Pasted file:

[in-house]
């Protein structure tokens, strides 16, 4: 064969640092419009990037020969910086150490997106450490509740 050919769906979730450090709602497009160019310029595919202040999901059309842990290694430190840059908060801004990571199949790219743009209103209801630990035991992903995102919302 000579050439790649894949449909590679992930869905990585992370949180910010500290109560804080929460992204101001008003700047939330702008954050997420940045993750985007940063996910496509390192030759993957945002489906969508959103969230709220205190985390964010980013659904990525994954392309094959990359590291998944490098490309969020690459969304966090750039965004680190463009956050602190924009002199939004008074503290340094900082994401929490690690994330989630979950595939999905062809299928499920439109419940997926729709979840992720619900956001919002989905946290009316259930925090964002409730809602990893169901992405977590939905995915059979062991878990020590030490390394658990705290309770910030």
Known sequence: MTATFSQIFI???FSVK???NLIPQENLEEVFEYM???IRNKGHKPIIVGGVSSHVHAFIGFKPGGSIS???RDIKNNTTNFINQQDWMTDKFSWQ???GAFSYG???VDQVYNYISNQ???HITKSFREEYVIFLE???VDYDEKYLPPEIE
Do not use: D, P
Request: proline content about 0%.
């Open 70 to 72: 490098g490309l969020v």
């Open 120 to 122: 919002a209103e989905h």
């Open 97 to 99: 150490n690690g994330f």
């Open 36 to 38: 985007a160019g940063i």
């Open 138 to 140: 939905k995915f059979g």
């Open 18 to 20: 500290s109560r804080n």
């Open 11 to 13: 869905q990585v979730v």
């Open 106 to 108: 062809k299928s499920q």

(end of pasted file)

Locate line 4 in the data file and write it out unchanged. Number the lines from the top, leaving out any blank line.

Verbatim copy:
Do not use: D, P